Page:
Nutrition Tips to Help Beat the Winter Blues

From Chicago to Boston, we’re experiencing some extremely frigid temps this week and our first real blast of winter weather. While it’s been a relatively mild winter here in Chicago, the temps have continuously hovered around freezing and you might find yourself experiencing a winter slump. Don’t let the lack of sunshine and cold air lead you to drop all your healthy habits and reach for calorie-laden foods. Here are a couple tips that may help boost your mood and an energy-packed recipe that will also please your taste buds.

Be Happy with B-Vitamins

Vitamins B6, B12 and folate may help produce mood boosting serotonin. But that’s not all. They also help lower homocysteine – an amino acid linked to higher rates of cardiovascular disease and even depression. Be sure to include lots of foods rich in these nutrients in your diet, including leafy greens (like kale or spinach), avocados, asparagus, broccoli, bell peppers, and protein-containing foods like salmon, chicken, and beef.

Fill Up on Fish

But not just any fish. Cold water fish, rich in omega-3 fatty acids, help build connections between neurons in the brain. They are one of the basic building blocks of the brain. Brain cell membranes are about 20 percent fatty acids and they seem to be crucial for keeping brain signals moving smoothly. Optimize your omega-3 intake by enjoying fatty fish like salmon and tuna. Or, if you aren’t a fan of fish, include plant oils like flaxseed or canola and walnuts.

Don’t Skip Your Workout

Exercise has multiple benefits beyond staying trim and one of which is helping to improve your mood. Research has linked exercise with higher levels of various brain chemicals that may leave you feeling happier and more relaxed. Whether you hit the gym for a serious sweat session or can only fit in a brisk 30-minute walk, either can help.

Power up with Protein

Foods that are rich in protein are naturally high in tyrosine, an amino acid that helps boost dopamine. Protein-containing foods like chicken, turkey, lean beef and tofu are great options–but don’t discount beans. They are a great, economical, source of protein.

One thing I love about winter is chili and this chili is sure to improve your mood – with it’s taste and it’s mood-boosting nutrients. Packed with black beans (protein and B-vitamins) and winter greens (B-vitamins) it’s a delicious dish to simmer on the stove while the snow falls, and falls, and falls. Enjoy and don’t fret – spring is around the corner!

Triple B and Winter Greens Chiliphoto-8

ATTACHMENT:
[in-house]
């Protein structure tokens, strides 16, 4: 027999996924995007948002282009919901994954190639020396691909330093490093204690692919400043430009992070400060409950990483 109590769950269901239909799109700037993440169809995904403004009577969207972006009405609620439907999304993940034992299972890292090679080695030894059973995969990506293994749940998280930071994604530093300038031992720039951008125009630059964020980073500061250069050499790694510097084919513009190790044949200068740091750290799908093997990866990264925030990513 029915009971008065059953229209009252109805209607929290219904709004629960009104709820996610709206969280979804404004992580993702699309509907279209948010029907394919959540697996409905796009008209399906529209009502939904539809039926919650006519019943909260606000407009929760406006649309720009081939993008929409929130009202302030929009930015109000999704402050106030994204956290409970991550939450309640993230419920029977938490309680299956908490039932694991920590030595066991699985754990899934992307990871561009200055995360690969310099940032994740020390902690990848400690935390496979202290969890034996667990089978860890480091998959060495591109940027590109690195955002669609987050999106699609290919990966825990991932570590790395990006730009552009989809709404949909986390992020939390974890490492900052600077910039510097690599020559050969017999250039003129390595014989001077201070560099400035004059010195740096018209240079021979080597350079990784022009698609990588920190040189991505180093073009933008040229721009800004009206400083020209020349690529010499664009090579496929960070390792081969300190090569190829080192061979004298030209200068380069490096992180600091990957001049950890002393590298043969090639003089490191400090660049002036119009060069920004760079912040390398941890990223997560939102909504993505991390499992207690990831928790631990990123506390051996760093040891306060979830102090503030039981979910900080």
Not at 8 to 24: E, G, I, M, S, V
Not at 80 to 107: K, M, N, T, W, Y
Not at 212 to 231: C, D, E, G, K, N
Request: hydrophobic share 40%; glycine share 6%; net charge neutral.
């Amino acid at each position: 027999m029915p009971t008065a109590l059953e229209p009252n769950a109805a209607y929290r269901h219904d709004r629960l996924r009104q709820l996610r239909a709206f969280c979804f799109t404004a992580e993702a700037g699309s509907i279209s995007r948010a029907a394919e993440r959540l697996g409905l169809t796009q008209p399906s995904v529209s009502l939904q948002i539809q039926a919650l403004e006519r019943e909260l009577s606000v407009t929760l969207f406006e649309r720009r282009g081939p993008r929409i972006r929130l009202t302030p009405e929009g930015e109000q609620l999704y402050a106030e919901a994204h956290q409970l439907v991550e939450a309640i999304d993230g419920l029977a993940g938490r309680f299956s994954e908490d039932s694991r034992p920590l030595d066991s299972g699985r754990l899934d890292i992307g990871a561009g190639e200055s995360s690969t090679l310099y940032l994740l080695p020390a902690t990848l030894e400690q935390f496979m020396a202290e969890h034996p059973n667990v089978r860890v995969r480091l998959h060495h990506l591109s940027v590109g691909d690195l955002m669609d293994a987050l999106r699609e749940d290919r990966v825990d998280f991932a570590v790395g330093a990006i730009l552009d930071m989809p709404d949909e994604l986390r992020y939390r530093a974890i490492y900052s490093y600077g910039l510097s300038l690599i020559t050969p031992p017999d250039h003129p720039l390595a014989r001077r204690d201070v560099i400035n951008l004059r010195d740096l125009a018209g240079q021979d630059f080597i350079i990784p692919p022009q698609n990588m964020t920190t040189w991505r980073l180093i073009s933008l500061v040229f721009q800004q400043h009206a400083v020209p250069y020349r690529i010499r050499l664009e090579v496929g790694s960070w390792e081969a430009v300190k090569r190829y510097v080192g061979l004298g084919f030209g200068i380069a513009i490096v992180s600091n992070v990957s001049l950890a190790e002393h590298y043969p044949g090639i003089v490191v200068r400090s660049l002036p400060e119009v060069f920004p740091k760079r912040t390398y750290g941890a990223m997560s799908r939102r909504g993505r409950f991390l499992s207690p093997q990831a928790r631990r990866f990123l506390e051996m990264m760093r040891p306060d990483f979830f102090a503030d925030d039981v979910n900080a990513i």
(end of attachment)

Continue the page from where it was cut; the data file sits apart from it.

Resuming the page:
Adapted from a recipe found on epicurious.comMakes about 4-6 main course servings.

Ingredients:

  • About 1-2 Tbsp oil
  • 1 large onion, diced
  • 3 garlic cloves, chopped
  • 1 butternut squash, peeled and diced (about 2 1/2 cups)
  • 2 Tbsp chipotle chili powder (regular chili powder works as well – but chipotle gives a really nice smokey flavor)
  • 2 tsp ground cumin
  • 1, 14 1/2-ounce can diced tomatoes (fire roasted is great for this recipe)
  • 3, 15-ounce cans black beans, drained and rinsed
  • about 5 cups or 1, 10-ounce bag of winter greens (Swiss chard, collards or kale), coarsely chopped

Directions:

1. Over medium-high heat, heat oil in a large pot. Add onions and garlic and saute until tender, about 7-9 minutes.

2. Add squash and stir for about 2 minutes.

3. Add chili powder, cumin, beans, broth and tomatoes and bring to a boil.

4. Reduce the heat and simmer uncovered until the squash is tender–about 15-20 minutes.

5. Stir in greens and cover. Let simmer for about 5 more minutes. Greens should still be bright.

6. Ladle into bowls and serve with sliced avocado and a sprinkle of shredded cheddar and sliced avocado, if desired.

Fuel up! Nutrition for Pre- and Post-Workout Success

As a dietitian and a runner, I’m often asked what I eat, particularly pre- and post-workout. For me, it all depends on the workout. If it’s after work and before dinner, I know I’ll need something to tide me over so that I’m not spending the whole workout thinking about what’s for dinner. If it’s the rare moment I wake early for a 5:30 am workout, typically I go on empty. All in all, I think it depends on you, how you feel and what your goals are. Post workout, I do try to eat a balanced meal that includes lean protein, healthy fat and complex carbs as soon as possible. Why? Research shows it’s beneficial for recovery and rebuilding muscle. Here are some tips and meal/snack suggestions for pre- and post-workout nutrition to help maximize your exercise and performance.

Pre-workout

  • Fitting in a quick workout (<30-45 minutes)? Depending on when you last ate, you might be OK going on empty.
  • Stomach growling and you’ve got a date at the gym in about an hour? Stick to a carb-centric snack that’s around 100-200 calories, such as:
    • A granola bar
    • Small bowl of cereal with fat-free milk
    • A handful of pretzels or whole grain crackers and string cheese
    • A slice of toast or medium apple with a heaping teaspoon of your favorite nut-butter.
  • Intense workout planned and you just woke up? The easiest thing for me to eat, even when I’m not hungry, is a large banana. It provides me enough fuel for a relatively intense run. But if I am planning on running for more than 90 minutes, I usually pair the banana with a small bowl of cereal, otherwise I am bound to run out of energy before the run is finished.

Eating too much before you exercise can leave you feeling groggy and sluggish, or worse, with a case of gastrointestinal distress, while eating too little may not give you the energy you need to sustain your workout.Here’s a general guideline for timing your meals before workouts: